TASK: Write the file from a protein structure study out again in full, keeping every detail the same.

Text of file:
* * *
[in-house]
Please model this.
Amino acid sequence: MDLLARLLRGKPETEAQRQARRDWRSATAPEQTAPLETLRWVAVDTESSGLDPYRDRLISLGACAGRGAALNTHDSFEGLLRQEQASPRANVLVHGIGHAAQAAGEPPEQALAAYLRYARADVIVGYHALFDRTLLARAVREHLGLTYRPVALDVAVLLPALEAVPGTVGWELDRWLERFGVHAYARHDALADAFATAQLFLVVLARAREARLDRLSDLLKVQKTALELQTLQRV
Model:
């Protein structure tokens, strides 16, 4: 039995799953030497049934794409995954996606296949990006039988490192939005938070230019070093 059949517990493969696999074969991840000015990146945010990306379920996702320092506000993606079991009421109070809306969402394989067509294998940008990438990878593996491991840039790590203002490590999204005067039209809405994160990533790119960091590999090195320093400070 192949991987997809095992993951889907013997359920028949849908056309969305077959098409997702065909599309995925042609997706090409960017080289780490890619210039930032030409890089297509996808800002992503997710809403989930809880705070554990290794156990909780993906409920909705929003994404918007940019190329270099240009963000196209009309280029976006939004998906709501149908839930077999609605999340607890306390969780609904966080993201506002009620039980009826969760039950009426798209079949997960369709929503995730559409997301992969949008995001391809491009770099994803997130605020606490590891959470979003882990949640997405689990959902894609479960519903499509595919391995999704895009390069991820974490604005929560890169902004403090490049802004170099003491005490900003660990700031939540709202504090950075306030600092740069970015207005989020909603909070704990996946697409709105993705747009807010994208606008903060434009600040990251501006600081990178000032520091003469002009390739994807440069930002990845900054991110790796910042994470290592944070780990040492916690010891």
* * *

[in-house]
Please model this.
Amino acid sequence: MDLLARLLRGKPETEAQRQARRDWRSATAPEQTAPLETLRWVAVDTESSGLDPYRDRLISLGACAGRGAALNTHDSFEGLLRQEQASPRANVLVHGIGHAAQAAGEPPEQALAAYLRYARADVIVGYHALFDRTLLARAVREHLGLTYRPVALDVAVLLPALEAVPGTVGWELDRWLERFGVHAYARHDALADAFATAQLFLVVLARAREARLDRLSDLLKVQKTALELQTLQRV
Model:
């Protein structure tokens, strides 16, 4: 039995799953030497049934794409995954996606296949990006039988490192939005938070230019070093 059949517990493969696999074969991840000015990146945010990306379920996702320092506000993606079991009421109070809306969402394989067509294998940008990438990878593996491991840039790590203002490590999204005067039209809405994160990533790119960091590999090195320093400070 192949991987997809095992993951889907013997359920028949849908056309969305077959098409997702065909599309995925042609997706090409960017080289780490890619210039930032030409890089297509996808800002992503997710809403989930809880705070554990290794156990909780993906409920909705929003994404918007940019190329270099240009963000196209009309280029976006939004998906709501149908839930077999609605999340607890306390969780609904966080993201506002009620039980009826969760039950009426798209079949997960369709929503995730559409997301992969949008995001391809491009770099994803997130605020606490590891959470979003882990949640997405689990959902894609479960519903499509595919391995999704895009390069991820974490604005929560890169902004403090490049802004170099003491005490900003660990700031939540709202504090950075306030600092740069970015207005989020909603909070704990996946697409709105993705747009807010994208606008903060434009600040990251501006600081990178000032520091003469002009390739994807440069930002990845900054991110790796910042994470290592944070780990040492916690010891």